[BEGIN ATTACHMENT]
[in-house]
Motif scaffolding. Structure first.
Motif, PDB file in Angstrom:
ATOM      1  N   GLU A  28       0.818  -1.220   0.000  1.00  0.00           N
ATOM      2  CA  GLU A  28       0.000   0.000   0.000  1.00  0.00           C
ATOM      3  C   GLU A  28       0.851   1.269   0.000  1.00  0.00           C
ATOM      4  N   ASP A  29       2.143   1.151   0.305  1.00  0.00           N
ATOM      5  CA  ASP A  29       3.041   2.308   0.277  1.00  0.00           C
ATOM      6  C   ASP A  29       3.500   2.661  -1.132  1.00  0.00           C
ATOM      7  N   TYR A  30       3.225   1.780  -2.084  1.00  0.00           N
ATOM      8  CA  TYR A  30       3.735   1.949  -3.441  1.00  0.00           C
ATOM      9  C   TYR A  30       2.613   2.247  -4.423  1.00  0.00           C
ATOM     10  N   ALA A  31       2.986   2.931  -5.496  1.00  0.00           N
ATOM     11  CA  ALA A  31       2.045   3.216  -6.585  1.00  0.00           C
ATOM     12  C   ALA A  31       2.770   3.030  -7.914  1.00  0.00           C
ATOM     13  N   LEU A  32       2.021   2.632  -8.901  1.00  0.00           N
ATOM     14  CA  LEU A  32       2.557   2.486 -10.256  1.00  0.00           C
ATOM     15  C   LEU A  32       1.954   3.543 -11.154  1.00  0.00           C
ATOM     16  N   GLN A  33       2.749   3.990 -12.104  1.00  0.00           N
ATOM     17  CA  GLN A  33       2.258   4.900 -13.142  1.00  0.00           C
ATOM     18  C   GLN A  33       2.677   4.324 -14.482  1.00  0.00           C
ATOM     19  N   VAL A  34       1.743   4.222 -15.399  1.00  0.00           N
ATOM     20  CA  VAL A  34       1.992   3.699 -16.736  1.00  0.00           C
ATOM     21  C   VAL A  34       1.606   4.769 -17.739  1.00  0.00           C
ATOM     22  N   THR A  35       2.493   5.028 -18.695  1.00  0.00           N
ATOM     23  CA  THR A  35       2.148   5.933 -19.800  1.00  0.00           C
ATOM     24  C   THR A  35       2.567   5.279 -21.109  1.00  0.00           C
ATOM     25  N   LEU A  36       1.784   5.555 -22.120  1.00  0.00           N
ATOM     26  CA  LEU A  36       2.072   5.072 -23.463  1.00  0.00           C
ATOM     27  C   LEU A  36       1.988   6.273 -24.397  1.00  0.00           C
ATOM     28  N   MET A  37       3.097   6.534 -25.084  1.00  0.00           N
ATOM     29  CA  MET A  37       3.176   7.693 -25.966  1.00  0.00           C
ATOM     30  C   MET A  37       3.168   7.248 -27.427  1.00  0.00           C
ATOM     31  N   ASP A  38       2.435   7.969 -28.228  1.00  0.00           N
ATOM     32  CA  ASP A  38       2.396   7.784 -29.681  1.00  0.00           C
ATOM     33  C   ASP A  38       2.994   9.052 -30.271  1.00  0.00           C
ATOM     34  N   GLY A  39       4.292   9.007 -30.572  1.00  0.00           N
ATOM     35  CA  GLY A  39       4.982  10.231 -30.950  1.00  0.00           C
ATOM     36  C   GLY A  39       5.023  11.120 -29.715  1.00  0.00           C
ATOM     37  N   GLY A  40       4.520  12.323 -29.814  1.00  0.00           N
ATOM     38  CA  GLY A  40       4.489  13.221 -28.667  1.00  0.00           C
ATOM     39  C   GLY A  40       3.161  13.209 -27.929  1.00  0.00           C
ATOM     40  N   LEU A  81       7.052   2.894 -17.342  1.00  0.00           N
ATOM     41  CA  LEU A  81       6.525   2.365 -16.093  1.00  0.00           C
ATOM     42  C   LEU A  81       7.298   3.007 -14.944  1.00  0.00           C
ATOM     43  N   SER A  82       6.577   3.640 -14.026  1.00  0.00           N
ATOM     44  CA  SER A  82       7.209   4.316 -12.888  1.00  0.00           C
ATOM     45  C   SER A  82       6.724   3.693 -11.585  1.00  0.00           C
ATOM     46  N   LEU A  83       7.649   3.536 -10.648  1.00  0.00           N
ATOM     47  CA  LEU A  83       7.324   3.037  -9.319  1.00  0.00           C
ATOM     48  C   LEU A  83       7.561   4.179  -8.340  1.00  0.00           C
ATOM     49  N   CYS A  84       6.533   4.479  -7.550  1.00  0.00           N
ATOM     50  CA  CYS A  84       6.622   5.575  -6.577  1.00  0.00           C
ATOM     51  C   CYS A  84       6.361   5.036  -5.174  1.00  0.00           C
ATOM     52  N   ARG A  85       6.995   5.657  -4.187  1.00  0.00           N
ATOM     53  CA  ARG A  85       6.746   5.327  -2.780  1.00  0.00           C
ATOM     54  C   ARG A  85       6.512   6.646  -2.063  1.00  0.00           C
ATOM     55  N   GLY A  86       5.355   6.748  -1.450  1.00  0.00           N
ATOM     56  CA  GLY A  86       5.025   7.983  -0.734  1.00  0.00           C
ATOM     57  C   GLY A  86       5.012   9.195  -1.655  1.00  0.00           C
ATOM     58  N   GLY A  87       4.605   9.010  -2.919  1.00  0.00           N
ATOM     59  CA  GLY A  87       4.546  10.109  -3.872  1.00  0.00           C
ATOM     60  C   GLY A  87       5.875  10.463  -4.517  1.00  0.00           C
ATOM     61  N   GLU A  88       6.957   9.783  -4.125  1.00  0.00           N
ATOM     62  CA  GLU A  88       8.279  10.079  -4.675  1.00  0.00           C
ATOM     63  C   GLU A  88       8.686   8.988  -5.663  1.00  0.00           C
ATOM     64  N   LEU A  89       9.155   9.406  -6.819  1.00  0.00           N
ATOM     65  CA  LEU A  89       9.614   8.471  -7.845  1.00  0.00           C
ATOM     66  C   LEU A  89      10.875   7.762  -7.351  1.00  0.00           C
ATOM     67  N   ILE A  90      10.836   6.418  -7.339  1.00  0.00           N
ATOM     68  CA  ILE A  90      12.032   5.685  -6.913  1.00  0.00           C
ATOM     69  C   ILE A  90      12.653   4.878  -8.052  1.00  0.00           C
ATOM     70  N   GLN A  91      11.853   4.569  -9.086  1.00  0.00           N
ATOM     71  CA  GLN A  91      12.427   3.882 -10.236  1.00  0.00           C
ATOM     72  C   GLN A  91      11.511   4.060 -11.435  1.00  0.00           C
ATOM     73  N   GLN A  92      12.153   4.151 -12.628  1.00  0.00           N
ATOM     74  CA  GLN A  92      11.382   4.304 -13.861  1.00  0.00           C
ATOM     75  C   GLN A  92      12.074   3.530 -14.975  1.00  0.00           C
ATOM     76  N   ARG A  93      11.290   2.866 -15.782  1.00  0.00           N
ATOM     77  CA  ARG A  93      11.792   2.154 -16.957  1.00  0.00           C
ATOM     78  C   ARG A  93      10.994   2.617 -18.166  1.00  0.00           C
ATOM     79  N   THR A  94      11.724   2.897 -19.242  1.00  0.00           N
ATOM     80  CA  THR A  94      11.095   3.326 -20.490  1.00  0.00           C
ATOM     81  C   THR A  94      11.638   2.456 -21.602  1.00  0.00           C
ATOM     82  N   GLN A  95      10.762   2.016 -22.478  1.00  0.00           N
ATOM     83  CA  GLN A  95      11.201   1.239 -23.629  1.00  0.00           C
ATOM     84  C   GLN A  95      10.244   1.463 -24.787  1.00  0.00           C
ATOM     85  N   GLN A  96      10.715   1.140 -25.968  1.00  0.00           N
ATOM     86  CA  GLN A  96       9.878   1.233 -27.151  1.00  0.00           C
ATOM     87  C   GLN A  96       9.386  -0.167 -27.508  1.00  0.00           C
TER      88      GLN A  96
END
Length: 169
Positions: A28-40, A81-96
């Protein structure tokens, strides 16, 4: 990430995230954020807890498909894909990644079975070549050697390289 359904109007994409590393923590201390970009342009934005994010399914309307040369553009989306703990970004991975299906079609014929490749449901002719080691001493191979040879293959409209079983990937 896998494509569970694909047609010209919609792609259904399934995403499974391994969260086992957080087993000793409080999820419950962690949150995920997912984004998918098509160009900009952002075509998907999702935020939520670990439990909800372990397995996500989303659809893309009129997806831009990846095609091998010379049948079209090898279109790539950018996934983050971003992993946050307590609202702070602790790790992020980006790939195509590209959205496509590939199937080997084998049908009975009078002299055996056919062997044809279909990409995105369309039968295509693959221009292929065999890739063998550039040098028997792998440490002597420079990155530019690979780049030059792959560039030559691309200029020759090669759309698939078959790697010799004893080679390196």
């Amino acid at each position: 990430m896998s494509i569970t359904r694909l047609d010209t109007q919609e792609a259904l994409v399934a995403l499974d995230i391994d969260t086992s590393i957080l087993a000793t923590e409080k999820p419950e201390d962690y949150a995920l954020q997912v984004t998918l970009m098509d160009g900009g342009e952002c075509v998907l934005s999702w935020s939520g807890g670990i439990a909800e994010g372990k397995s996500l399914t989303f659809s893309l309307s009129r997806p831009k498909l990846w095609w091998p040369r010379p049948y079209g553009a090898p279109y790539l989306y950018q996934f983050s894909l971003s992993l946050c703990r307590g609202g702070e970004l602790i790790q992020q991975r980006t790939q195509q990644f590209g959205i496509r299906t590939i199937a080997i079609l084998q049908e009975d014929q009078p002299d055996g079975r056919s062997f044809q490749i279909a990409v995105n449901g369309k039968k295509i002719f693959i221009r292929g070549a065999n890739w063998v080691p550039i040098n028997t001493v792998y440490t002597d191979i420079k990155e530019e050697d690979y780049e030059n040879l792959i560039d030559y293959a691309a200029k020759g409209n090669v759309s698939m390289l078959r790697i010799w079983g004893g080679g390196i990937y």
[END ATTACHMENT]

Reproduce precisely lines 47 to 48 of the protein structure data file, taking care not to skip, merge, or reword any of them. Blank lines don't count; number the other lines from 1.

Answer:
ATOM     44  CA  SER A  82       7.209   4.316 -12.888  1.00  0.00           C
ATOM     45  C   SER A  82       6.724   3.693 -11.585  1.00  0.00           C